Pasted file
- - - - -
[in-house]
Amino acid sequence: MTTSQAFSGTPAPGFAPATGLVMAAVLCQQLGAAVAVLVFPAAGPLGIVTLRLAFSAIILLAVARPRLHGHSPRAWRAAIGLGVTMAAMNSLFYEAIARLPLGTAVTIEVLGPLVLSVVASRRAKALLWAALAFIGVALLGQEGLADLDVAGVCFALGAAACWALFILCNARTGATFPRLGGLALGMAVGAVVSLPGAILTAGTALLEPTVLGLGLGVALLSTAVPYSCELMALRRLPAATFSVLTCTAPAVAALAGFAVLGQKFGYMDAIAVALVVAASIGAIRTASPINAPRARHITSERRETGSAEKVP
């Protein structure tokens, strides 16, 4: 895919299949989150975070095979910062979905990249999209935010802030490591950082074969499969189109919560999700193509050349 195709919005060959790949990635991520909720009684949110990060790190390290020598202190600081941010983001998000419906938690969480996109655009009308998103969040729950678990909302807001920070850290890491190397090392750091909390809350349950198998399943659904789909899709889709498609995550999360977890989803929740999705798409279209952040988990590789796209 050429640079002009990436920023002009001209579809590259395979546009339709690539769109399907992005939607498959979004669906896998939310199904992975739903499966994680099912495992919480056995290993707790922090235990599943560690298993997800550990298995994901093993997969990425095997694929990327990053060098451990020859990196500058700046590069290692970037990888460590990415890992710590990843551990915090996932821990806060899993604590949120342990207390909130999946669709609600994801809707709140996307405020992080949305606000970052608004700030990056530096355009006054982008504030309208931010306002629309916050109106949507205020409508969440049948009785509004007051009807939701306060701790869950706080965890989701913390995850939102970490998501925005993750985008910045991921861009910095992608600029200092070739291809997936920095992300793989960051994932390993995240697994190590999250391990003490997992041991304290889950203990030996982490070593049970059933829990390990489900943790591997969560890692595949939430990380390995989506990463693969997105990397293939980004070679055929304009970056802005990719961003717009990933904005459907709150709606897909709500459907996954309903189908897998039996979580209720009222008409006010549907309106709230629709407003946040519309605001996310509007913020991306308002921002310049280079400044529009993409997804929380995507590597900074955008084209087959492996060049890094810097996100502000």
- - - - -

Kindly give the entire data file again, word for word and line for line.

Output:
[in-house]
Amino acid sequence: MTTSQAFSGTPAPGFAPATGLVMAAVLCQQLGAAVAVLVFPAAGPLGIVTLRLAFSAIILLAVARPRLHGHSPRAWRAAIGLGVTMAAMNSLFYEAIARLPLGTAVTIEVLGPLVLSVVASRRAKALLWAALAFIGVALLGQEGLADLDVAGVCFALGAAACWALFILCNARTGATFPRLGGLALGMAVGAVVSLPGAILTAGTALLEPTVLGLGLGVALLSTAVPYSCELMALRRLPAATFSVLTCTAPAVAALAGFAVLGQKFGYMDAIAVALVVAASIGAIRTASPINAPRARHITSERRETGSAEKVP
């Protein structure tokens, strides 16, 4: 895919299949989150975070095979910062979905990249999209935010802030490591950082074969499969189109919560999700193509050349 195709919005060959790949990635991520909720009684949110990060790190390290020598202190600081941010983001998000419906938690969480996109655009009308998103969040729950678990909302807001920070850290890491190397090392750091909390809350349950198998399943659904789909899709889709498609995550999360977890989803929740999705798409279209952040988990590789796209 050429640079002009990436920023002009001209579809590259395979546009339709690539769109399907992005939607498959979004669906896998939310199904992975739903499966994680099912495992919480056995290993707790922090235990599943560690298993997800550990298995994901093993997969990425095997694929990327990053060098451990020859990196500058700046590069290692970037990888460590990415890992710590990843551990915090996932821990806060899993604590949120342990207390909130999946669709609600994801809707709140996307405020992080949305606000970052608004700030990056530096355009006054982008504030309208931010306002629309916050109106949507205020409508969440049948009785509004007051009807939701306060701790869950706080965890989701913390995850939102970490998501925005993750985008910045991921861009910095992608600029200092070739291809997936920095992300793989960051994932390993995240697994190590999250391990003490997992041991304290889950203990030996982490070593049970059933829990390990489900943790591997969560890692595949939430990380390995989506990463693969997105990397293939980004070679055929304009970056802005990719961003717009990933904005459907709150709606897909709500459907996954309903189908897998039996979580209720009222008409006010549907309106709230629709407003946040519309605001996310509007913020991306308002921002310049280079400044529009993409997804929380995507590597900074955008084209087959492996060049890094810097996100502000």